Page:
(Reuters) – Ukraine’s armed forces are heavily outnumbered and outgunned by Russia’s but could put up a level of resistance that would force Russian President Vladimir Putin to pay a price of many thousands of Russian lives for any new invasion.
Western military analysts say Ukraine’s army is better trained and equipped than in 2014, when Russia captured the Crimean peninsula without a fight, and highly motivated to defend the country’s heartland.
For those reasons, they see it as highly unlikely that Putin would contemplate an outright conquest of Ukraine.
“We won’t see a big giant red arrow going across Ukraine. I don’t believe the Russians have the capability to just completely overrun Ukraine and take over the whole country, nor do I think they want to,” said Ben Hodges, a retired U.S. lieutenant general now with the Center for European Policy Analysis.
A plausible alternative, he and others said, was that Russia might push south and west from Ukraine’s Donbass region – already controlled by pro-Russian forces – to link up with annexed Crimea and the Black Sea. But even that more limited objective would entail high Russian casualties.
Siemon Wezeman, an arms specialist at the Stockholm International Peace Research Institute, said the scale of resistance to any invasion would dwarf anything Russia had faced in previous military operations in Chechnya in the 1990s or in its short war with Georgia in 2008.
“Yes it can defeat, say, the high level of Ukrainian forces, but try to invade a country like Ukraine with a population that is clearly against you, which is armed to the teeth, where most males have at least rudimentary military training that they can still remember. You’re going into an area which is Chechnya multiplied by 10, or Georgia multiplied by 30,” he said.
“It’s not going to be a walkover. And then you have to defend to your own population as Russian president that you just suffered 10,000 losses in the first few days because you were stupid enough to support the Donbass rebels. I don’t think that’s going to resonate very well in Russia.”
Ukraine says 92,000 Russian troops have gathered near its borders, and the United States has said a Russian invasion by a force as large as 175,000 could come as early as January.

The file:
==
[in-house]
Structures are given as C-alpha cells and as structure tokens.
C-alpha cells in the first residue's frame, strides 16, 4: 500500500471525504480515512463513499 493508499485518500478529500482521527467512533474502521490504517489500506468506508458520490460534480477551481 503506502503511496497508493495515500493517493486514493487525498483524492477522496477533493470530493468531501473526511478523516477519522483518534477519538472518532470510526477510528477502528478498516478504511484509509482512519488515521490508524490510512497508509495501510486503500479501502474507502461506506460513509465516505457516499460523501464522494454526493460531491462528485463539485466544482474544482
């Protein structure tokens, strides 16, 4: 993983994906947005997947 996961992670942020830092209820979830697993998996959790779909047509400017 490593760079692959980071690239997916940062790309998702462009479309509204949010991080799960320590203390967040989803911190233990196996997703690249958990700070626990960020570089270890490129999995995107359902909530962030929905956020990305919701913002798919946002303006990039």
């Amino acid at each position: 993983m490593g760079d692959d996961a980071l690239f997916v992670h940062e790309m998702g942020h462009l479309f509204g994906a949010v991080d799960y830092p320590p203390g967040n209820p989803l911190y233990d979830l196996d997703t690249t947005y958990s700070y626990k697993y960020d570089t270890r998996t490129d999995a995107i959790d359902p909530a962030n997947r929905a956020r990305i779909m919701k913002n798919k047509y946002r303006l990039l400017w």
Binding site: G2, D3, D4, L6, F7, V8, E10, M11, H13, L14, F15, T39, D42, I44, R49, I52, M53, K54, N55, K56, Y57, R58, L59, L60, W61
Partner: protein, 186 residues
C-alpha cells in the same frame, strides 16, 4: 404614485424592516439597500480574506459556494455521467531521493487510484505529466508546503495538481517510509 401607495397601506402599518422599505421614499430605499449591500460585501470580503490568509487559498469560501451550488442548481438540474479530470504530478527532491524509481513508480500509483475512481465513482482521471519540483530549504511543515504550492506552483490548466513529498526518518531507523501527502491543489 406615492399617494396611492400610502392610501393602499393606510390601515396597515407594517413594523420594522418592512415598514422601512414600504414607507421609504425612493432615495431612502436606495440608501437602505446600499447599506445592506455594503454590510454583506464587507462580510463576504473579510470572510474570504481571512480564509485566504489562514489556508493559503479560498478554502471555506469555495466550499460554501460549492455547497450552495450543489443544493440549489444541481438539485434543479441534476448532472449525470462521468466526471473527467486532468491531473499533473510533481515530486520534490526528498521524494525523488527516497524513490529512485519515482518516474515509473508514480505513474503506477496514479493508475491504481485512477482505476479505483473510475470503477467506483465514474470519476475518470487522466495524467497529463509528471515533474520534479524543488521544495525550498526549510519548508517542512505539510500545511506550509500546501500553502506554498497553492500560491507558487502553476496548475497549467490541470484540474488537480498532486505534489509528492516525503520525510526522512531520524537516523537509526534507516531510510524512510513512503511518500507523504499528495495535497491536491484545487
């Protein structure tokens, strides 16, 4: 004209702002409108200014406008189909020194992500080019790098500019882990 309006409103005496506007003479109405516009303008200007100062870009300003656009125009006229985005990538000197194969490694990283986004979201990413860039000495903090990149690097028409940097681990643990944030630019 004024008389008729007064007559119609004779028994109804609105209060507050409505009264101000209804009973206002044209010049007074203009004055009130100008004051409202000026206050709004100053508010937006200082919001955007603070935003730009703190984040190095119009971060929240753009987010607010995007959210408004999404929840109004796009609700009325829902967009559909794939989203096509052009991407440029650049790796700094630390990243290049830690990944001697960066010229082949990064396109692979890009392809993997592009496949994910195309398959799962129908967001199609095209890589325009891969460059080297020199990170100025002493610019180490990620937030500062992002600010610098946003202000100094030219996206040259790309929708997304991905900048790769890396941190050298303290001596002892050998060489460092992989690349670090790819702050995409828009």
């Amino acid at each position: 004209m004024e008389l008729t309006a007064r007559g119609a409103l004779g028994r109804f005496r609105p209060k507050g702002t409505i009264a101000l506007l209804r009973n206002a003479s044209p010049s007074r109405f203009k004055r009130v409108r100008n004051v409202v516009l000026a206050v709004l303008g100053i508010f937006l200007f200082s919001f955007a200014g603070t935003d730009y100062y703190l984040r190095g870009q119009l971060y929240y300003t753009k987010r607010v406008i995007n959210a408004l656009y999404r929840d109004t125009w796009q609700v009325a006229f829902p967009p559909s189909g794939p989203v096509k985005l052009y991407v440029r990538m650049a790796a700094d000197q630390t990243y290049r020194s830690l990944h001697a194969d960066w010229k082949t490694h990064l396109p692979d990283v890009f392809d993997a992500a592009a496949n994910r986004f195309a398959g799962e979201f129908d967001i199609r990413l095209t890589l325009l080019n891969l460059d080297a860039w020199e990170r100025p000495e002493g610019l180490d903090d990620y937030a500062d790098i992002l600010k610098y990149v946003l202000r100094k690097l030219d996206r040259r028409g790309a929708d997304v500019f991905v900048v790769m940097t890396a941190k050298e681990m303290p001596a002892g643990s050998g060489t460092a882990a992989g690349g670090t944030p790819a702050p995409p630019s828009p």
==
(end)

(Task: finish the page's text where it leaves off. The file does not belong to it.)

Moscow denies menacing its neighbour and say it can move its troops around as it sees fit on its own territory. It says it perceives a threat from Ukraine’s growing ties with NATO – which Kyiv seeks one day to join – and is demanding security guarantees from the West to defuse the crisis.
In terms of manpower and weapons, the arithmetic looks grim for Ukraine.
Russia’s army of 280,000 is about twice the size of Ukraine’s and its total armed forces of 900,000 are more than four times greater. Its 2,840 battle tanks outnumber Ukraine’s by more than three to one, according to the London-based International Institute for Strategic Studies (IISS).
While Ukraine trebled its defence budget in real terms from 2010 to 2020, its total defence expenditure last year amounted to only $4.3 billion, or one-tenth of Russia’s.
“In terms of air defence and electronic warfare, there is a huge gap between these two forces. It’s difficult to see how Ukraine could not be completely overwhelmed from the air,” said IISS research analyst Yohann Michel.
Russia would seek to use its superiority in electronic warfare to paralyse its adversary’s command and control and cut off communications with units in the field, he said.
But Ukraine’s combat experience in Donbass and its short-range air defences and anti-tank weaponry – which includes U.S.-supplied Javelin missiles – would help to slow any Russian advance.
“It will not be a piece of cake because there is still a large number of (Ukrainian) troops. The majority of them are well motivated, so they will probably fight until the last moment,” Michel said.
Even a defeated Ukraine could “open their arms depot”, distribute weapons to the population and leave the Russians facing a kind of guerrilla warfare that would make it painful to hold onto any captured territory. “I would not want to be in six months in any area the Russians would have seized,” he said.
Putin would likely face qualms from his own public about waging war on a fellow Slav nation, as well as intense anti-Russian sentiment within Ukraine.
Former U.S. lieutenant general Hodges said that while the numbers were stacked against Ukraine, “as you know from history, warfare is never just about math”.
“The Ukrainian population will be very hostile, the further west that Russian forces might go. This will be very, very costly for Russian forces,” he said. “The reward, the payoff, would have to be really worthwhile to keep (Putin’s) own domestic population in support.”
(Reporting by Mark Trevelyan; editing by Philippa Fletcher)